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When We Were Free to BeLooking Back at a Children's Classic and the Difference It Made$
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Lori Rotskoff and Laura L. Lovett

Print publication date: 2012

Print ISBN-13: 9780807837238

Published to North Carolina Scholarship Online: July 2014

DOI: 10.5149/9780807837559_rotskoff

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Child's Play Boys' Toys, Women's Work, and “Free Children”

Child's Play Boys' Toys, Women's Work, and “Free Children”

Chapter:
(p.111) Child's Play Boys' Toys, Women's Work, and “Free Children”
Source:
When We Were Free to Be
Author(s):

Laura L. Lovett

Publisher:
University of North Carolina Press
DOI:10.5149/9780807837559_rotskoff.17

This chapter describes how a parent—the author—decided to be a feminist mother. Her daughter would wear only primary colors; read books about smart, strong girls; and never play with a Barbie doll. That lasted until she went to preschool and demanded to wear a frilly dress like her friends and until her grandmother created a Barbie World refuge at her house. What's worse is that they were once the author's Barbies, which her mother had kept tucked away waiting for her future granddaughters. It seemed obvious to the author that these disproportionate plastic dolls were a legitimate focus of feminist ire. Why did the author consider these bits of leggy, lumpy plastic so significant? Could they really influence her daughter's thoughts and opinions? After all, they had not stopped the author from becoming a feminist or a women's history professor.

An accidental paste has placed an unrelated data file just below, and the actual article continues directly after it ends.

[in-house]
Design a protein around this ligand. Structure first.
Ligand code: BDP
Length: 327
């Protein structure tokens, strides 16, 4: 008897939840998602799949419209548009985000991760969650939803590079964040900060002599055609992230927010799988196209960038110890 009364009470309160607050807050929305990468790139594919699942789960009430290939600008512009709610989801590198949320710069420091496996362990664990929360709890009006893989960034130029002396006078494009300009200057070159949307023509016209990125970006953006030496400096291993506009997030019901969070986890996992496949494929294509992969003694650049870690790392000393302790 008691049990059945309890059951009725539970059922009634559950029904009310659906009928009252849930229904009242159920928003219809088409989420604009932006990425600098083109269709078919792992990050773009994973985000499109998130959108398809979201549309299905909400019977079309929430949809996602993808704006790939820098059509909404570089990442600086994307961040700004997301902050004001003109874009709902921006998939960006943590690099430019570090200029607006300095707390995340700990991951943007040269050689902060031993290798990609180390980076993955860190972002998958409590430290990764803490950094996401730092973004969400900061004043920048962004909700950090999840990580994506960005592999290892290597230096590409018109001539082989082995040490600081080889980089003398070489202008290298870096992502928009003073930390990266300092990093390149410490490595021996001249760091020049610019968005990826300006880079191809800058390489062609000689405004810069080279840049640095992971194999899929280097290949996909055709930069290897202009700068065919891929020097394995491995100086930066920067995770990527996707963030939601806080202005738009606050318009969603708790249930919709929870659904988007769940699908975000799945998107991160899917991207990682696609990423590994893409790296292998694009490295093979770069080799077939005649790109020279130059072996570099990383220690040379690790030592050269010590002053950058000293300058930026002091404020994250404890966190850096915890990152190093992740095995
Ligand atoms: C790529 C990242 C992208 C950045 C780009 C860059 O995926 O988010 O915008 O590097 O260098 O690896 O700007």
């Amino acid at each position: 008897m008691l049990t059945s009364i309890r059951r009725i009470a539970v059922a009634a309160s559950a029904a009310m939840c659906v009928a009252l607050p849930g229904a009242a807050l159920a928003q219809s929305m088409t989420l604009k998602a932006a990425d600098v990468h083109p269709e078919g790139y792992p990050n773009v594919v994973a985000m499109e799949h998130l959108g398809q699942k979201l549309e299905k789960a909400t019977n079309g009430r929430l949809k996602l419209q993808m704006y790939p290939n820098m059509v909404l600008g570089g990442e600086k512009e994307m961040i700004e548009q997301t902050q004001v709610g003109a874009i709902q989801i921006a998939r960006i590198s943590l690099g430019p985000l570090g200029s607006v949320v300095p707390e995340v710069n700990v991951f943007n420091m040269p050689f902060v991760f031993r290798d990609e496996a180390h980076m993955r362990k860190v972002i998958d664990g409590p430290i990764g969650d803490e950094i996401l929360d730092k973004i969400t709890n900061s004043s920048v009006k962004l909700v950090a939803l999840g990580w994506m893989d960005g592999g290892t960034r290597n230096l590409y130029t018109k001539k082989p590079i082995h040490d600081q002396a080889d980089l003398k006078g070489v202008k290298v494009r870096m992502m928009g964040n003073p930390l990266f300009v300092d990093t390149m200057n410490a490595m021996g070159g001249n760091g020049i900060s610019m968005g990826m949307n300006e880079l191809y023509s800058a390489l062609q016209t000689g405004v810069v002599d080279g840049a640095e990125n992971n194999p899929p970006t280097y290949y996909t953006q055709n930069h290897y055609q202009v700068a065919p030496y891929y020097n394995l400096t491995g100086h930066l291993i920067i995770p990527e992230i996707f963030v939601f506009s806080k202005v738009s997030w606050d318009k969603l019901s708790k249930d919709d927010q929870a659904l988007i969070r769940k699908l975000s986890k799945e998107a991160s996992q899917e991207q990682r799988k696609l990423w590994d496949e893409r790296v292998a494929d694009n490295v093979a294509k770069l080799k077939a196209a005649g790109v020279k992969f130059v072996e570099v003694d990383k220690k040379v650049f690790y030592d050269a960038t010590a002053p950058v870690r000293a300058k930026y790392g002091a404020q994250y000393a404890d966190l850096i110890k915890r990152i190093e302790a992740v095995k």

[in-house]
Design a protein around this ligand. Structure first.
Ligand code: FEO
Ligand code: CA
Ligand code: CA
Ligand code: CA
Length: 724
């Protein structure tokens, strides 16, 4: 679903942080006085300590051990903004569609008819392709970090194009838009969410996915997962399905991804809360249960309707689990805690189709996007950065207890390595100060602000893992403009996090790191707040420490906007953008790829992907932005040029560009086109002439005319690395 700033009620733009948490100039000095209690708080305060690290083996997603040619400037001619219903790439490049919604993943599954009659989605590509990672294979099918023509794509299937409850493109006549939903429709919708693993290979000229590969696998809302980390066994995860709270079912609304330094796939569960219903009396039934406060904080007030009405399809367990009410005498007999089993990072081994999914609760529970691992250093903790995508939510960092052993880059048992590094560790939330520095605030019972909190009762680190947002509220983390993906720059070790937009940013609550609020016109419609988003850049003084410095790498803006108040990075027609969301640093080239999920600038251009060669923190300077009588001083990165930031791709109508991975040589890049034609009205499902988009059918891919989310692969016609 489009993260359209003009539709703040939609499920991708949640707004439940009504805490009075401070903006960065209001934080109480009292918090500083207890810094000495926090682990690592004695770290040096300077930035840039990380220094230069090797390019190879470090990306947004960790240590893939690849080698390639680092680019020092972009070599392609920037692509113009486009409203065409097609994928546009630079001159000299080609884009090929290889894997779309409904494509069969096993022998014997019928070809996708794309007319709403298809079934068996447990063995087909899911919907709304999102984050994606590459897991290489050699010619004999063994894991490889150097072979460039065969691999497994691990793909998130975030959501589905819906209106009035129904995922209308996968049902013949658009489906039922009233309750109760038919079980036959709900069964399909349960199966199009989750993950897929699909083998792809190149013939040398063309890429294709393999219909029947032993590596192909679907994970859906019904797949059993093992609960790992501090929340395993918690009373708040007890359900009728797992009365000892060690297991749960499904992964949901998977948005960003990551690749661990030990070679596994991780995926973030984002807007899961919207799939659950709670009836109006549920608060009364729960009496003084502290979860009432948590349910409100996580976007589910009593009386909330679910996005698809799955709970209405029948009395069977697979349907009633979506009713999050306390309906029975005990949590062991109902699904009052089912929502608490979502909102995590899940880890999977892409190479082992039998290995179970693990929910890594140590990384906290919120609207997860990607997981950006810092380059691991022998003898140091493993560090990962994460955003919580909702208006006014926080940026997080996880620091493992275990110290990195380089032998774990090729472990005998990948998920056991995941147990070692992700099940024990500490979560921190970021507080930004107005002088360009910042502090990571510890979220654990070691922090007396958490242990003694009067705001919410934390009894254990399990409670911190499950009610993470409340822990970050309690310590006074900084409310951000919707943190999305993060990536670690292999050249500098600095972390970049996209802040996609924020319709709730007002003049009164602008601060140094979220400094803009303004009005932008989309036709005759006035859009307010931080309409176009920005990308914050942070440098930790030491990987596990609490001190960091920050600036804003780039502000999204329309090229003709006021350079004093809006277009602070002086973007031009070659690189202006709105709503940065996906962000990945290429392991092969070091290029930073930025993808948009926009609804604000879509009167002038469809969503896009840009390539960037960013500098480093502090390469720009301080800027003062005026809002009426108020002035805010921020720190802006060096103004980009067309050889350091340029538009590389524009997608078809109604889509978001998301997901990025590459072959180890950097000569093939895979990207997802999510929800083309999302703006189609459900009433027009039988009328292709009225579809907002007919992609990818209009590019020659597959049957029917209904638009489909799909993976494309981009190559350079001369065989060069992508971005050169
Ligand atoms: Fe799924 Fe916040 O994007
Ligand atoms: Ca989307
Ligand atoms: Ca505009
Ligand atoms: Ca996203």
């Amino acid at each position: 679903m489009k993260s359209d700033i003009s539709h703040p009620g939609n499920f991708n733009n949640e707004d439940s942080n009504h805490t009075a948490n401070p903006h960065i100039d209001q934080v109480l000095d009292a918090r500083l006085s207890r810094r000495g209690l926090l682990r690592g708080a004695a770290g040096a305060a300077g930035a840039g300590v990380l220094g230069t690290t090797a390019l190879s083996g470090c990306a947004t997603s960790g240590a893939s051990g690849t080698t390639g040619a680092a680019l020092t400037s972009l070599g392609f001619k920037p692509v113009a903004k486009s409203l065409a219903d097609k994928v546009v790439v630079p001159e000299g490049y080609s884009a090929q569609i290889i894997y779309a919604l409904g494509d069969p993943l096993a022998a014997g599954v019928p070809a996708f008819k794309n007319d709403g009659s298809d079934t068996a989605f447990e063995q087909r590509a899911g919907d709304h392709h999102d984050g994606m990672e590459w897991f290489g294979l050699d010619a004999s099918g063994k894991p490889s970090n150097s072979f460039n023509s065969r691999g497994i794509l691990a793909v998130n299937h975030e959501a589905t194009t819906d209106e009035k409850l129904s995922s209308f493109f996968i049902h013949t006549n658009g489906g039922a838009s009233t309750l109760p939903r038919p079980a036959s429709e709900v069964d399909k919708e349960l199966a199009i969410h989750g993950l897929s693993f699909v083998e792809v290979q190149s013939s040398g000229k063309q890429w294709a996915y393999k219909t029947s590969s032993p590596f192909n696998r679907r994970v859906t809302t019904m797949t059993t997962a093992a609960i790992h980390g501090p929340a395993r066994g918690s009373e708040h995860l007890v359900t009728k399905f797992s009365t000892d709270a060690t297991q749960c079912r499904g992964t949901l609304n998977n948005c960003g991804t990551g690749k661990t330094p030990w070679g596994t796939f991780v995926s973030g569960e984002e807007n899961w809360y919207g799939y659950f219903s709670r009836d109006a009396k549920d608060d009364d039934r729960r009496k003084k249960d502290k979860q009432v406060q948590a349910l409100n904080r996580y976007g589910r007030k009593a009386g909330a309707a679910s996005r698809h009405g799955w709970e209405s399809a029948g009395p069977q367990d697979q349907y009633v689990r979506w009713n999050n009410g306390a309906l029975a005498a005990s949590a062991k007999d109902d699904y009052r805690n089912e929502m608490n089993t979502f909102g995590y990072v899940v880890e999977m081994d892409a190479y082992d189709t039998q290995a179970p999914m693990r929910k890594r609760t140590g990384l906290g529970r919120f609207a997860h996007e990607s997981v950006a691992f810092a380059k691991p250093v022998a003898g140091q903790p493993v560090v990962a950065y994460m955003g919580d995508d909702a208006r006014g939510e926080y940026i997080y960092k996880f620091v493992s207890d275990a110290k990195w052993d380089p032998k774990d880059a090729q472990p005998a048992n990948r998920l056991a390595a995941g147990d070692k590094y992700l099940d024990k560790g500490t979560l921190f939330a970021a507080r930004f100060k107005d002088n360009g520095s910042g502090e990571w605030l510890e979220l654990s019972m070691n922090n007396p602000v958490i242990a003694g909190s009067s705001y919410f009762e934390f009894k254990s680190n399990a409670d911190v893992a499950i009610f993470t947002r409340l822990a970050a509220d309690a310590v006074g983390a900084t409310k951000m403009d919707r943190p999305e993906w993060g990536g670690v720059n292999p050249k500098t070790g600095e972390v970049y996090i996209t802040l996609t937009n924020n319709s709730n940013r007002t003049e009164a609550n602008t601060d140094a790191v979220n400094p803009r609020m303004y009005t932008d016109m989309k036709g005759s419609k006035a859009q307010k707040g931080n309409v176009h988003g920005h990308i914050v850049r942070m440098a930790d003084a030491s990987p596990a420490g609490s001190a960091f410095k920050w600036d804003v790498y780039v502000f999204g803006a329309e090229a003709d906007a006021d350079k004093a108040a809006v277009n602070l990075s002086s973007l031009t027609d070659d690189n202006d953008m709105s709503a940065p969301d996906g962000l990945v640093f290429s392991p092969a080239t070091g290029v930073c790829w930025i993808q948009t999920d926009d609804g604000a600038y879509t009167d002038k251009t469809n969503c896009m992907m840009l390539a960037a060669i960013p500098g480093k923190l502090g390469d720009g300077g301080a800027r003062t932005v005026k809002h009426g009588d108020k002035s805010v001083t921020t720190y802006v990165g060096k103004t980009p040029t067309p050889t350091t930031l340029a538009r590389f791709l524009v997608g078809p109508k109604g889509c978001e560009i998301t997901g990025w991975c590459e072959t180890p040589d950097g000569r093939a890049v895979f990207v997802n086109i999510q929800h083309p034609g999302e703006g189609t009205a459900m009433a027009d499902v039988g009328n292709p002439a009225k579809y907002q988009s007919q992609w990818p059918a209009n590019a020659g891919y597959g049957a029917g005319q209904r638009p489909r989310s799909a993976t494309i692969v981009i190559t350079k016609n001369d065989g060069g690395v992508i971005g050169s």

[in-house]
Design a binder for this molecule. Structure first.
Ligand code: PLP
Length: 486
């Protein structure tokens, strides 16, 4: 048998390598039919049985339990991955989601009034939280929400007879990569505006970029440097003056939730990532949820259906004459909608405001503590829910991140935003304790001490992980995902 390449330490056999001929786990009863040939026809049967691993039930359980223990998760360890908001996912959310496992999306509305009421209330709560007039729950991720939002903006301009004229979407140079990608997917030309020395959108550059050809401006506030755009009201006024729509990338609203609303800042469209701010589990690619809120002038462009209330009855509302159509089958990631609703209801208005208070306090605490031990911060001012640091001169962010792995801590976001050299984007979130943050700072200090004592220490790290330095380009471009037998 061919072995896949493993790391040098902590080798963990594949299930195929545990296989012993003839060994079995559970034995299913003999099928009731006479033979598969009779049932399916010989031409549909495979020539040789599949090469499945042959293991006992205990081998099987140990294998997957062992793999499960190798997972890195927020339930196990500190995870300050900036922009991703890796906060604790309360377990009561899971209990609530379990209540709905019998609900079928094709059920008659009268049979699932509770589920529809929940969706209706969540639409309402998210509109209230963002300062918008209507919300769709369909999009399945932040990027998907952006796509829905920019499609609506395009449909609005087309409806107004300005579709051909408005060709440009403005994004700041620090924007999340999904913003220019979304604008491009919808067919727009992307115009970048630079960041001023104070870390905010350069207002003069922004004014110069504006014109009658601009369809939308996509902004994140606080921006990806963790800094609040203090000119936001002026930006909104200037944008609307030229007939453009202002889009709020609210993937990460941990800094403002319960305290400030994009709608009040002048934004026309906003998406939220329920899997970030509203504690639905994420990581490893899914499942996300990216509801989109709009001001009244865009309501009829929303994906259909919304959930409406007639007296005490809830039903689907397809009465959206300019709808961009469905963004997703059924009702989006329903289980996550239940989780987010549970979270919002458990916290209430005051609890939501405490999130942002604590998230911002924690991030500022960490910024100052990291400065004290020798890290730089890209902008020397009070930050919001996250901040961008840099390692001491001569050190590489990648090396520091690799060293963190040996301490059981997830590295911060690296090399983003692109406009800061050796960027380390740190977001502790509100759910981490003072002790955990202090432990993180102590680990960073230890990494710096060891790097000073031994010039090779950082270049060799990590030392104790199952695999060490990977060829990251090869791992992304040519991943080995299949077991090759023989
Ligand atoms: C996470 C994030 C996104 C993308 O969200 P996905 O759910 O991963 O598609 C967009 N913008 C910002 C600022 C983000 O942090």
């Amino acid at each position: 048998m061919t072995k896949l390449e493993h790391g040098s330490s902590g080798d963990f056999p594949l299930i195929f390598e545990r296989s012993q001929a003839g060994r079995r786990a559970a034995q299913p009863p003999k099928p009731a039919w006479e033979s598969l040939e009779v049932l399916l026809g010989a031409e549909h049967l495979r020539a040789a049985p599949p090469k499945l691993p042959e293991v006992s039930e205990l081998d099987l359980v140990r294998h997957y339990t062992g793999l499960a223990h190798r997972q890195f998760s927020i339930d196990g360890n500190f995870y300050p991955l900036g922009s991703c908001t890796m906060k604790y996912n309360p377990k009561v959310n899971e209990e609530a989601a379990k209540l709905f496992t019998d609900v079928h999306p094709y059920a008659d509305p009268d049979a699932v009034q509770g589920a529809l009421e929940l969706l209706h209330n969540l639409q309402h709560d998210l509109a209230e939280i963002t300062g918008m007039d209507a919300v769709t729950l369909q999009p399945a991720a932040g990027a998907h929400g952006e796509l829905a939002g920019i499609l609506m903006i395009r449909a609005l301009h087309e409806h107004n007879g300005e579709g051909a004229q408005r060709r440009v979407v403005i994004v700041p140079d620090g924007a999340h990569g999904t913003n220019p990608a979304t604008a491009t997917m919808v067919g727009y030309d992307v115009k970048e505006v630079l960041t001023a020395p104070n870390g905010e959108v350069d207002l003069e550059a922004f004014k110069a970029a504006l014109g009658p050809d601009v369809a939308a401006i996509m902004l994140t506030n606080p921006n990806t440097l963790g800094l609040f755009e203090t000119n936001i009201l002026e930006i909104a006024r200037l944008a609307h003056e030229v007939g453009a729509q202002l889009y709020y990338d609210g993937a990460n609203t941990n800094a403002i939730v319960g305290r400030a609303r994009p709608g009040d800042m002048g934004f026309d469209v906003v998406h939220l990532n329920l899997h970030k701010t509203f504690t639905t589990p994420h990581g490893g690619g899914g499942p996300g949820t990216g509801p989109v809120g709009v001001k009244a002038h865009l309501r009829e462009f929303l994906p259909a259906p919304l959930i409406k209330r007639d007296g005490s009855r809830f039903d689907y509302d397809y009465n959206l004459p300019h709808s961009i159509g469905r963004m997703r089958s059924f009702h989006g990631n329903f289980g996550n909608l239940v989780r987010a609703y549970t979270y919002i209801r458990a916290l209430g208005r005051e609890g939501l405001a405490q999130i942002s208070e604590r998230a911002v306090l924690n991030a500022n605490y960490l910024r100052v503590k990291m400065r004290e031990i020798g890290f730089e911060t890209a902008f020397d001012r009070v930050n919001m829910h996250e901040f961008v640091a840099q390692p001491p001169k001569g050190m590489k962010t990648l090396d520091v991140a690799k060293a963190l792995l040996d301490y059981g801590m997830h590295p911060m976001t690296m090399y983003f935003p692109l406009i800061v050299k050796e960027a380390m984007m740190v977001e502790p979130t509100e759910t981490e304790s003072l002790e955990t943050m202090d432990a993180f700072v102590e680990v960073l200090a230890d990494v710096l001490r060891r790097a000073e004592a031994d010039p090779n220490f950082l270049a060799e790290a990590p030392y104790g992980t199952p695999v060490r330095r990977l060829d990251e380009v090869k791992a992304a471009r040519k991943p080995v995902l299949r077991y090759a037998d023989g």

Keywords:   feminist mother, Barbie doll, strong girls

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